We have known for a long while that the worst scandals in the charter sector are intertwined with online learning and cyber charters. Consider the bankruptcy last year of ECOT (the Electronic Classroom of Tomorrow) in Ohio, whose owner collected $1 billion from the state over nearly 20 years, but declared bankruptcy rather than pay the state $60 million for inflated enrollments.

Then there is the infamous A-1 scandal in California, where the owners and several cooperating school districts were indicted in San Diego nearly a year ago for the theft of $50 million from the state, a scheme that involved phantom students.

Yet here we are in the midst of a pandemic and most schools have been shutdown to protect students and staff from exposure to the coronavirus. Almost overnight, millions of students were required to continue learning by going online. The platforms are different, but tens of millions of students are engaged in distance learning.

Kathleen Porter-Magee of the Thomas B. Fordham Institute sees this asa fortuitous moment, an opportunity to revolutionize education. She calls it “A Revolution in Education, Born of a Necessity.”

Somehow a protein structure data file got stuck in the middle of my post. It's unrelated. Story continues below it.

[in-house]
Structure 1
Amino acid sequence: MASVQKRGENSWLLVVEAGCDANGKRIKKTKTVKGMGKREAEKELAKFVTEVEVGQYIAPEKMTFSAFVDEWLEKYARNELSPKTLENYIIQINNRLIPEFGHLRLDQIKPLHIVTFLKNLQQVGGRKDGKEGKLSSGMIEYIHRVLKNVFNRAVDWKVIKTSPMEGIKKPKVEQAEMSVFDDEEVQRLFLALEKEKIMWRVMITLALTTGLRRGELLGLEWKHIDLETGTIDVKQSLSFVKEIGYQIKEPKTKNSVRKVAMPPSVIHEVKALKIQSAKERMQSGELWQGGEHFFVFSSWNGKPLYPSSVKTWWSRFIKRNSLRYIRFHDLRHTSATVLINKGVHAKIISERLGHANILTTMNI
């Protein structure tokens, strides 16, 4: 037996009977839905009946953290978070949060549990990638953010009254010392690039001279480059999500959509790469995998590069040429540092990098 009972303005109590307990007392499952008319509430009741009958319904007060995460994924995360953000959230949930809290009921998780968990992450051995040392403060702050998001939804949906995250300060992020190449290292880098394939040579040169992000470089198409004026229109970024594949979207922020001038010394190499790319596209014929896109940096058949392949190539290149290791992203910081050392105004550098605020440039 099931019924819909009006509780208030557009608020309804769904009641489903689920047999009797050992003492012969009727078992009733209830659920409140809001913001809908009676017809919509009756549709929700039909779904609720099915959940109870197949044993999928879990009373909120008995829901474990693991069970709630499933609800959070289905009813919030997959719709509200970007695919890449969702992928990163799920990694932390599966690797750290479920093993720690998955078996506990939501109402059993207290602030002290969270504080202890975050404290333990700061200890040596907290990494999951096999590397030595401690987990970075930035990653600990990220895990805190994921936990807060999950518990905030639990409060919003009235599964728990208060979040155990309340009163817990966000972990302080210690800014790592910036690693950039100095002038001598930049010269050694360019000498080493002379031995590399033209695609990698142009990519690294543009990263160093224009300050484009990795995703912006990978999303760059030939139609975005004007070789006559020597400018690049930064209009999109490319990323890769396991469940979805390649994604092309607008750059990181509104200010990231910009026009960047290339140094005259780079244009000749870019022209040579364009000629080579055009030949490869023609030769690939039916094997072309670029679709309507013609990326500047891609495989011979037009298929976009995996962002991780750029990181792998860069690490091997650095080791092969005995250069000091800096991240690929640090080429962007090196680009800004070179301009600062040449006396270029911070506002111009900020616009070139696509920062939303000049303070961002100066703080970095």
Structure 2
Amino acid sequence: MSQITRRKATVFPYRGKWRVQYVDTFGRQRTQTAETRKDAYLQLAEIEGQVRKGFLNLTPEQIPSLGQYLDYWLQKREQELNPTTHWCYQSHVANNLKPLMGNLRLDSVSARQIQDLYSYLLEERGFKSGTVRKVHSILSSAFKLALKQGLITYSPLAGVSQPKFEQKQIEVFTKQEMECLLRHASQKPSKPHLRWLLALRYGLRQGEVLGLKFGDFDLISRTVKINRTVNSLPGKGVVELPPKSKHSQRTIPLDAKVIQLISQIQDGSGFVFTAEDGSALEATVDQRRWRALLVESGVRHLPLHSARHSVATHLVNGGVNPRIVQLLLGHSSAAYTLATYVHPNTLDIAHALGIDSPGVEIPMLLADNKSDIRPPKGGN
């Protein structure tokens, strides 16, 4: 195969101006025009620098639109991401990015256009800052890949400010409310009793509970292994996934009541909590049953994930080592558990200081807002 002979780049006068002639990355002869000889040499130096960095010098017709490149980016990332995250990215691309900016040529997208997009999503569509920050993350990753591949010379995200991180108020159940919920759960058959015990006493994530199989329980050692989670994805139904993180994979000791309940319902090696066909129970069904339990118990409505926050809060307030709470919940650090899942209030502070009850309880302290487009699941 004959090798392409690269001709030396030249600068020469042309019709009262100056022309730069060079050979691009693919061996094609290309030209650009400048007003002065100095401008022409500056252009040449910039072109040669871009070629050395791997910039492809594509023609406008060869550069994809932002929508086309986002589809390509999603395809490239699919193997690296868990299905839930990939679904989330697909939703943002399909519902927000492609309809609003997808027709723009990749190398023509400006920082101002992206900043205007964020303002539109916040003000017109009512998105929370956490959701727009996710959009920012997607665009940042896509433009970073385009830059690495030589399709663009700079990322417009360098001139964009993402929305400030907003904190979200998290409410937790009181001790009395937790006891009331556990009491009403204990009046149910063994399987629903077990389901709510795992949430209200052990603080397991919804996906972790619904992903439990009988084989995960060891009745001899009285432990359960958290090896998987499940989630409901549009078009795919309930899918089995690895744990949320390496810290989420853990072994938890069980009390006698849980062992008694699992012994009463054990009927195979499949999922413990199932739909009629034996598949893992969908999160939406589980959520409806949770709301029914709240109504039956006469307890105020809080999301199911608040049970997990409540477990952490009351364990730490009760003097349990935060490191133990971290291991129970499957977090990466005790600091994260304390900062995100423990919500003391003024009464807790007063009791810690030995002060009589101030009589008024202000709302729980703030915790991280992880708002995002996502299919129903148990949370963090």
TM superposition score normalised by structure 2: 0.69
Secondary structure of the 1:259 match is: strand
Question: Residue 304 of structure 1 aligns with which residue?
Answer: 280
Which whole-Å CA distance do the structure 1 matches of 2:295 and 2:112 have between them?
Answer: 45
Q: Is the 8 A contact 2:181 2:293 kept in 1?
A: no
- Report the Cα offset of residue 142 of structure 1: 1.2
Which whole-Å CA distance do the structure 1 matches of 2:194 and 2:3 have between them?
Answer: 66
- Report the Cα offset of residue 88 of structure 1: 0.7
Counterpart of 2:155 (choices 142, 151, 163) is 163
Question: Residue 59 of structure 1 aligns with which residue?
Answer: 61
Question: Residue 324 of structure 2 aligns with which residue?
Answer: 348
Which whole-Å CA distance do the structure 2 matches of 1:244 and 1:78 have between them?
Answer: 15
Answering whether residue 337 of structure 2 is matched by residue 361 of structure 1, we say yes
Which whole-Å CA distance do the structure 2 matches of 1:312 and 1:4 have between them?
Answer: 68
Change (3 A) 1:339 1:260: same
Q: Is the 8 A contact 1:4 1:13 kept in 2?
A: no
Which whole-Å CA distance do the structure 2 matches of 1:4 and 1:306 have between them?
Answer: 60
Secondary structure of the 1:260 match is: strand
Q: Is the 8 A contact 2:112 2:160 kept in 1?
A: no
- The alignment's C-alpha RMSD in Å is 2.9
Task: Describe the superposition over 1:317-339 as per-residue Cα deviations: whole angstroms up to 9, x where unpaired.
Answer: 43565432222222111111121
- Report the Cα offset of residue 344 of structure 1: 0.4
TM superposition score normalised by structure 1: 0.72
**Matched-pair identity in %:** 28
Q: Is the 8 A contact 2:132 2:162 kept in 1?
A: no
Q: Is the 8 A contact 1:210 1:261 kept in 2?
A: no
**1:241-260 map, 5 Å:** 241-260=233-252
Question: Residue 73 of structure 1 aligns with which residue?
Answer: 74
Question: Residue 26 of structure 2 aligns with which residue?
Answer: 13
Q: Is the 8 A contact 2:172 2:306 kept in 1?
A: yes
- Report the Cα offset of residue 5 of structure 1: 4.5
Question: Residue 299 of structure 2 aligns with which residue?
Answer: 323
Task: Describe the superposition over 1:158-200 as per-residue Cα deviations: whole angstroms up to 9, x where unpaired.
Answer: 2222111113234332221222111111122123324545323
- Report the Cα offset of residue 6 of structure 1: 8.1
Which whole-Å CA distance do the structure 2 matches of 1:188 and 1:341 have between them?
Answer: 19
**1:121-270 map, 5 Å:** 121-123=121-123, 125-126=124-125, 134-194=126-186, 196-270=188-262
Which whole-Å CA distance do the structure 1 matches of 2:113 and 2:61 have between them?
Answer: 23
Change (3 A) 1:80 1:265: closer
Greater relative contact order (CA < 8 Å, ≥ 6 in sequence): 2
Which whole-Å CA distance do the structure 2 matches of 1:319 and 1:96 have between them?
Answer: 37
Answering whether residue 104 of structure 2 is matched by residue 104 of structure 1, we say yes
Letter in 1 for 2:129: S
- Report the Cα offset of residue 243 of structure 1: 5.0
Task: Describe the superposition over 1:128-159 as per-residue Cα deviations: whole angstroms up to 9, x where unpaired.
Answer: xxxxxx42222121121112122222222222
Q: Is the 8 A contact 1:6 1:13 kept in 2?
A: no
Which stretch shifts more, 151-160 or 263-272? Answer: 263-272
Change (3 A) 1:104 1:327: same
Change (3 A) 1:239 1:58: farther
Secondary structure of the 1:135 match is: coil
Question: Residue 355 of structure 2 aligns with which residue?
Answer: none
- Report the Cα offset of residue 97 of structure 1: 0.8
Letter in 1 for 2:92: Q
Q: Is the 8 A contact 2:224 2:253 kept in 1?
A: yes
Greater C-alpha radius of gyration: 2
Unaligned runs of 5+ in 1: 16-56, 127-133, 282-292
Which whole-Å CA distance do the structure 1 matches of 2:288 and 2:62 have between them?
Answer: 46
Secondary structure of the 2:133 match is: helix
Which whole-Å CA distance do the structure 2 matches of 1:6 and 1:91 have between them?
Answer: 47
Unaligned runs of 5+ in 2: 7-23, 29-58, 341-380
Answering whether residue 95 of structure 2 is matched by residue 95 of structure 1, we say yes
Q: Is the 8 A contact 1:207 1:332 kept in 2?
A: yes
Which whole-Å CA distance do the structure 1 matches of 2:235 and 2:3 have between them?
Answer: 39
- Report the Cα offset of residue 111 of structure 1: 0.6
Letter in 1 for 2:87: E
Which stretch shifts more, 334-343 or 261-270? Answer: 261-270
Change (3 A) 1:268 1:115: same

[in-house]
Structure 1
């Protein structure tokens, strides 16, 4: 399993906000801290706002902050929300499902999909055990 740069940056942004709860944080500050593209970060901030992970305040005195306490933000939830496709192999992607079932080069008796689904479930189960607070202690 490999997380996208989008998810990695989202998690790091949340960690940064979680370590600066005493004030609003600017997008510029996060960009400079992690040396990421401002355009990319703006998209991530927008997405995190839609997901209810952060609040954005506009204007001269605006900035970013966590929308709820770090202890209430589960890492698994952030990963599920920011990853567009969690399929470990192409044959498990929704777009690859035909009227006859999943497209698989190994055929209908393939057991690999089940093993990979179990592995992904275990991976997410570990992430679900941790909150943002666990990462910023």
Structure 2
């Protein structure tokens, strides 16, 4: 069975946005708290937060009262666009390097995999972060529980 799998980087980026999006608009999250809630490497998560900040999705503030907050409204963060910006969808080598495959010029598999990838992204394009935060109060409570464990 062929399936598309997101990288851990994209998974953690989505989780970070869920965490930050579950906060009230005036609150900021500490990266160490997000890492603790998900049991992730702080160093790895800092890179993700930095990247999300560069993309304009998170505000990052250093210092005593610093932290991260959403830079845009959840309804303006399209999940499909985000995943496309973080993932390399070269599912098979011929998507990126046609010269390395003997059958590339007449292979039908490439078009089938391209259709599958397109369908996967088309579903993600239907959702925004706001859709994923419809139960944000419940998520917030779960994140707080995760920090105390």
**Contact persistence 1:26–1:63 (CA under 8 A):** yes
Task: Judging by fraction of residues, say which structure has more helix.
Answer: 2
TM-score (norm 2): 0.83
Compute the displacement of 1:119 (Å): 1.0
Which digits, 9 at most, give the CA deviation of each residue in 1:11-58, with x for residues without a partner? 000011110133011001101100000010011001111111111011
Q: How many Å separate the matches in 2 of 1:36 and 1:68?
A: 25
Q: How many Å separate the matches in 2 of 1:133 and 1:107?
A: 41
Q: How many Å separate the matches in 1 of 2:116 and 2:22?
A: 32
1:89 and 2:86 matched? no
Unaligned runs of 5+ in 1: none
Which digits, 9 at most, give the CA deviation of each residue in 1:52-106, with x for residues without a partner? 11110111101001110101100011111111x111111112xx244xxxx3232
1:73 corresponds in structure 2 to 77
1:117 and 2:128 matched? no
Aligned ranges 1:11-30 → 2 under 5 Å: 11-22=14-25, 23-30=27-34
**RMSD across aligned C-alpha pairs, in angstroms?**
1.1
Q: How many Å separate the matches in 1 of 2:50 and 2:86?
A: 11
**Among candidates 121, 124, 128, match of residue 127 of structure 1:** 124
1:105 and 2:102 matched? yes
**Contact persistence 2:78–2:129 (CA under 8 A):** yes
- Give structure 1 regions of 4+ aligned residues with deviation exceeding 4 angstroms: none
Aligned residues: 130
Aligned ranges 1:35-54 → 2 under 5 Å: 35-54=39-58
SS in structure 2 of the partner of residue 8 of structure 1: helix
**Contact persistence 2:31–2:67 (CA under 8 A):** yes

She says, seize the moment.

She writes:

Said more simply: Those working “in the arena” to run great schools and support great teachers are charging full steam ahead to make the most of this period of remote learning. Those who have been quick to dismiss distance learning as “ineffective” are looking in the rearview mirror and imagining a world where past must be prologue, rather than embracing the innovation that this moment may well have sparked.

You will not be surprised to learn that I disagree. From what I see and read and hear, I believe that parents want to get back to their own work. They don’t want their children home all the time, learning at a screen. Those who want to home school are already doing it. More important, I think that students must miss their friends, their teachers, their social life, their teams and activities. Home Alone is a drag.

And then there is the inconvenient CREDO study of 2015, which found that students in virtual charter schools fell behind their peers in brick-and-mortar public schools. In a school year of 180 days, the online students lost 44 days in reading and 180 days in math.

If you want our whole society to go backwards, distance learning and cyber schooling will do it.